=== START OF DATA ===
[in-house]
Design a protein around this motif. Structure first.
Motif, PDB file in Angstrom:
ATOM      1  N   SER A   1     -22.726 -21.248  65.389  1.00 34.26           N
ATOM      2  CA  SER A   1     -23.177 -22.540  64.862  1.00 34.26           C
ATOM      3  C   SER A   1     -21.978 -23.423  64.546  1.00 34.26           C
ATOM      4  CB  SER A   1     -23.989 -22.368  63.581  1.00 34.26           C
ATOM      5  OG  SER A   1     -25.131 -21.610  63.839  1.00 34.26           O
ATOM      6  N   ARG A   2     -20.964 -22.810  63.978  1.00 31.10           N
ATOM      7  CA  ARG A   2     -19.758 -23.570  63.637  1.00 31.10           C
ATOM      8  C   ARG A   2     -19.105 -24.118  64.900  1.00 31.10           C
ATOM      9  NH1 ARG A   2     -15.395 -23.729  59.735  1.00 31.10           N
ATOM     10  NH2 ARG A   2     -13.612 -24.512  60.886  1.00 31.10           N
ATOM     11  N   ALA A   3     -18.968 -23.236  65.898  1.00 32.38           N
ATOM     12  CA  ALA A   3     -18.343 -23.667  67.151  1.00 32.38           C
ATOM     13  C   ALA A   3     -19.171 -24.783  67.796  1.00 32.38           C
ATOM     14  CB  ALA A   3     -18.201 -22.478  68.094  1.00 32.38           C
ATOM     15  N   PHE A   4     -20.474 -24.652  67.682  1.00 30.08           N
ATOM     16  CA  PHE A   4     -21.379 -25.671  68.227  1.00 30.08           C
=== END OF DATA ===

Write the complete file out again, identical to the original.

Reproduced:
[in-house]
Design a protein around this motif. Structure first.
Motif, PDB file in Angstrom:
ATOM      1  N   SER A   1     -22.726 -21.248  65.389  1.00 34.26           N
ATOM      2  CA  SER A   1     -23.177 -22.540  64.862  1.00 34.26           C
ATOM      3  C   SER A   1     -21.978 -23.423  64.546  1.00 34.26           C
ATOM      4  CB  SER A   1     -23.989 -22.368  63.581  1.00 34.26           C
ATOM      5  OG  SER A   1     -25.131 -21.610  63.839  1.00 34.26           O
ATOM      6  N   ARG A   2     -20.964 -22.810  63.978  1.00 31.10           N
ATOM      7  CA  ARG A   2     -19.758 -23.570  63.637  1.00 31.10           C
ATOM      8  C   ARG A   2     -19.105 -24.118  64.900  1.00 31.10           C
ATOM      9  NH1 ARG A   2     -15.395 -23.729  59.735  1.00 31.10           N
ATOM     10  NH2 ARG A   2     -13.612 -24.512  60.886  1.00 31.10           N
ATOM     11  N   ALA A   3     -18.968 -23.236  65.898  1.00 32.38           N
ATOM     12  CA  ALA A   3     -18.343 -23.667  67.151  1.00 32.38           C
ATOM     13  C   ALA A   3     -19.171 -24.783  67.796  1.00 32.38           C
ATOM     14  CB  ALA A   3     -18.201 -22.478  68.094  1.00 32.38           C
ATOM     15  N   PHE A   4     -20.474 -24.652  67.682  1.00 30.08           N
ATOM     16  CA  PHE A   4     -21.379 -25.671  68.227  1.00 30.08           C